Peter Attia had a problem. It was 2006. He’d recently graduated from Stanford’s medical school and was completing a prestigious surgical residency at Johns Hopkins, but instead of celebrating his success, he was tormented by frustrations.
The medical establishment, it seemed to him, was stubbornly resistant to change and innovation; doctors could easily diagnose the maladies that kill most of us — heart disease, cancer, Alzheimer’s, and type 2 diabetes — but they struggled to help their patients avoid those diagnoses in the first place. Peter believed there had to be another approach. He was convinced it was possible to practice a cutting-edge form of medicine that didn’t just manage diseases but tried to prevent them. So he embarked on a journey to figure out how to do it.
Now, nearly two decades later, he’s compiled everything he learned on that journey in a book, the #1 New York Times bestseller Outlive. It’s a comprehensive guide to exercise, nutrition, sleep, and mental health that’ll help you live better for longer. Attia joins The Next Big Idea podcast for a discussion so big, we made it two episodes.
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Want to be able to lift a suitcase when you’re 100? You’d better start training now.
Rufus Griscom: You have this really counterintuitive framing around thinking about our health by working backwards, asking the question: In the last decade of your life, what do you want to be able to do? You call this the centenarian decathlon.
Dr. Peter Attia: I think a lot through this lens of what’s called the marginal decade, so one of the first questions I’ll ask a new patient is: What are your goals for the last decade of your life and what are your goals for the next 12 months? Almost without exception, nobody’s goals line up. Most people have far too lofty a set of goals in their marginal decade for what they’re doing today.
We actually have a list of 50 things, and we say to our patients, “Pick the 10 that are most important to you.” These are activities of daily living. Lots of people who ski want to be able to ski when they’re in the last decade of their life, and we’re not here to tell them that’s an unreasonable goal. We’re simply here to tell them what is the physiologic requirement to be able to do that. So we know how much strength declines by decade. We know how much power declines by decade. We know how much VO2 max declines by decade. So we say, “Well, these are the physiological requirements for where you want to be at 90 based on how they’re declining. This is where you need to be today. Where are you? Oh, you’re here. So you’re higher than where you need to be at 90, but you’re not nearly high enough.”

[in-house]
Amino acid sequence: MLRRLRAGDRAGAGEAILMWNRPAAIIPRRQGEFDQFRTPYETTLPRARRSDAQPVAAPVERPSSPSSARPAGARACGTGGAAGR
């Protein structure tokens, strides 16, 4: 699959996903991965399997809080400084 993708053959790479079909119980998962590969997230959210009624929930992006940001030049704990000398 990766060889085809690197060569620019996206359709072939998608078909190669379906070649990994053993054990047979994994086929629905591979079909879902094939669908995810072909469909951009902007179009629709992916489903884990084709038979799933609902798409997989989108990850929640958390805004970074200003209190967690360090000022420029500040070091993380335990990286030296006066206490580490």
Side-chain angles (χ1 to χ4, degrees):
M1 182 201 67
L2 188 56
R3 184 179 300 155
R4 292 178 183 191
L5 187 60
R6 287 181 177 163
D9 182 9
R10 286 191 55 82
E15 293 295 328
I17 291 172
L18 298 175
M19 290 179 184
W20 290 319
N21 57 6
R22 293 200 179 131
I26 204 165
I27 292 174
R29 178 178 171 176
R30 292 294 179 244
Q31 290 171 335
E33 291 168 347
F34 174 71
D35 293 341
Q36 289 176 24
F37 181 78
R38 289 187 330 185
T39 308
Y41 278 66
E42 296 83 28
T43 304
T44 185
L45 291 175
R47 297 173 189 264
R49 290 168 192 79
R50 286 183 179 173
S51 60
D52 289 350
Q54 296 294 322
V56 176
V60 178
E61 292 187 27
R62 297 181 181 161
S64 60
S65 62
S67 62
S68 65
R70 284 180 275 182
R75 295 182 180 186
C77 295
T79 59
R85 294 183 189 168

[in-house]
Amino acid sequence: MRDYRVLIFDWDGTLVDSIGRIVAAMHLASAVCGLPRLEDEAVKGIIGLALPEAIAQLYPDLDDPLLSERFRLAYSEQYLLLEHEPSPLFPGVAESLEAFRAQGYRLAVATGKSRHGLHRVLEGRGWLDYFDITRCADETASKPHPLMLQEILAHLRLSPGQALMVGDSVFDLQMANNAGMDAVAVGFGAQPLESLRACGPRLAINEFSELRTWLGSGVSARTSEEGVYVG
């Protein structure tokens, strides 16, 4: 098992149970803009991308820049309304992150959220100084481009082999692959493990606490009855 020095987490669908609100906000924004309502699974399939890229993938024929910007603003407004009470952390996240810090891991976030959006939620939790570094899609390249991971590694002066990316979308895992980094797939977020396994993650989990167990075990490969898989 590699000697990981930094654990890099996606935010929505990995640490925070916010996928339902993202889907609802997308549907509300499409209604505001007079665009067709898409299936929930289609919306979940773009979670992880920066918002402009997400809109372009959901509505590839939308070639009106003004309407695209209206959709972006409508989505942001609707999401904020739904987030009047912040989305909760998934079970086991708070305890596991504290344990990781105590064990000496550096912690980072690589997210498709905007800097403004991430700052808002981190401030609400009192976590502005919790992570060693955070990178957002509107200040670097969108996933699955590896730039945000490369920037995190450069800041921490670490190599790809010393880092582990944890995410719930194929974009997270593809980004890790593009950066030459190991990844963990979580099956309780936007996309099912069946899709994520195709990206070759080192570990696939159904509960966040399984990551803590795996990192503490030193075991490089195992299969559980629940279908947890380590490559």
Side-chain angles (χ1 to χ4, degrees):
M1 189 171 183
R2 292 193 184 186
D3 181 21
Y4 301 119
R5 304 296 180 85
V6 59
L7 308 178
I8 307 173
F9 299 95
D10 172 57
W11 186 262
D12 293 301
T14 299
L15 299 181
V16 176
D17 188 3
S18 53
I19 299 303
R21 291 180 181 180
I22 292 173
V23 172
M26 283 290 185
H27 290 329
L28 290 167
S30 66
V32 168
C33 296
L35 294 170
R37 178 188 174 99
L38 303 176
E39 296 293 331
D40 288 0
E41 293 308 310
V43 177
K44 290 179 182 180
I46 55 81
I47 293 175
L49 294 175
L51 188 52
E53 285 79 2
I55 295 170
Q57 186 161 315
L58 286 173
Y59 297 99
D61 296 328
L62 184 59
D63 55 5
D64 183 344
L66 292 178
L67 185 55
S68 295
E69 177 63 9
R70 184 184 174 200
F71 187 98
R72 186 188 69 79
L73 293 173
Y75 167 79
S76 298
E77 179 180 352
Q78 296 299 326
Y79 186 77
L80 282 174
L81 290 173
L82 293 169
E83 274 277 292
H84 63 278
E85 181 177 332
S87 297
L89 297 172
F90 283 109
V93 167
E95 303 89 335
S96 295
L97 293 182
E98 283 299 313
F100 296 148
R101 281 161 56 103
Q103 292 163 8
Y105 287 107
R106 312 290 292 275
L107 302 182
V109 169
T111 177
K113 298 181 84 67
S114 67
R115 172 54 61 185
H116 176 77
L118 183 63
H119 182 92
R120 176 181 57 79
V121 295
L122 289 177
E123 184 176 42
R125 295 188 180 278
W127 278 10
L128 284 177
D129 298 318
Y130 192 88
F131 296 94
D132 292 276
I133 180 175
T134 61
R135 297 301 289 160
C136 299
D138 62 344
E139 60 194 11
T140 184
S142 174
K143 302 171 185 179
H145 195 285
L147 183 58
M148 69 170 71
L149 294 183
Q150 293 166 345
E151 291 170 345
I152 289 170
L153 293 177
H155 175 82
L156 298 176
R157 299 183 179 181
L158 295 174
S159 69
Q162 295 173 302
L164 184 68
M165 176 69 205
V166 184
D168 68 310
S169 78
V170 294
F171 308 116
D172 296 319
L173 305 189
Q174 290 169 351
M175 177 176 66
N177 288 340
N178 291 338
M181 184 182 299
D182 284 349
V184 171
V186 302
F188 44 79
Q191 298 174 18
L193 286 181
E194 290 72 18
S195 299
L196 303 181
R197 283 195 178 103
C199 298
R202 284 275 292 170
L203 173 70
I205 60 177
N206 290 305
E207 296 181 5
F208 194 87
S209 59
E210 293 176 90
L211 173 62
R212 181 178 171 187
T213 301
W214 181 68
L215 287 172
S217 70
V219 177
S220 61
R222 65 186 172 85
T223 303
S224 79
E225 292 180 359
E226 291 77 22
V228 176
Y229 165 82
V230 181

Why exercise is the most important factor in improving your healthspan.
Rufus: If you had to force rank diet, sleep, and exercise, what do you think are the ones that are most effective in improving the healthspan of most people listening? How would you rank those three?
Peter: It’s no question that exercise is number one. There should be no debate. As a general rule, I would go exercise, nutrition, sleep—but the gap between exercise and the other two is a chasm.
So the easiest way to imagine this is to ask the question: What are the gradations of improvement or harm that come in the extreme states of each? Let’s start with nutrition. What is nutrition all about? Nutrition is all about metabolic health. So what is the most extreme state of poor nutrition? It’s type 2 diabetes and obesity. How much of a risk does that bring to an individual? If you look at the Cox proportional hazards, which are the statistical tools that we use to generate what are called hazard ratios, it’s clear that the risk of type 2 diabetes is significant. If you talk about all-cause mortality, it’s about 30 to 50 percent more, and if you talk about disease-specific mortality, it can be 50 to 100 percent more.
“As a general rule, I would go exercise, nutrition, sleep—but the gap between exercise and the other two is a chasm.”
When you look at sleep deprivation or disrupted sleep, it has smaller hazard ratios than that. Short sleep is going to come with a 20 to 30 percent increase in all-cause mortality.
But now let’s look at exercise. In exercise, we have three really good metrics that integrate the work that is done, and those are VO2 max, muscle mass, and strength. If you have a very high VO2 max versus a very low VO2 max— So let’s just say if you compare people in the bottom 25 percent for their age and sex to the top 2.5 percent, the difference is 5x, which is a 400 percent difference in all-cause mortality.
Peter: The same is true for muscle mass. So what would I take away from that? If your VO2 max, muscle mass, and strength are in the top 10 percent for your age and sex, you’re bulletproof. Your nutrition doesn’t really matter that much. Now, again, there’s a caveat here, because you wouldn’t be able to get into that shape without reasonable nutrition and sleep to support it. There is an absolute cross pollination of these things. But exercise is the most important tool that we have.
How much exercise should you be doing?
Rufus: What do we need to do to get these extraordinary benefits? What amount of exercise do you recommend for your typical individual in a given week?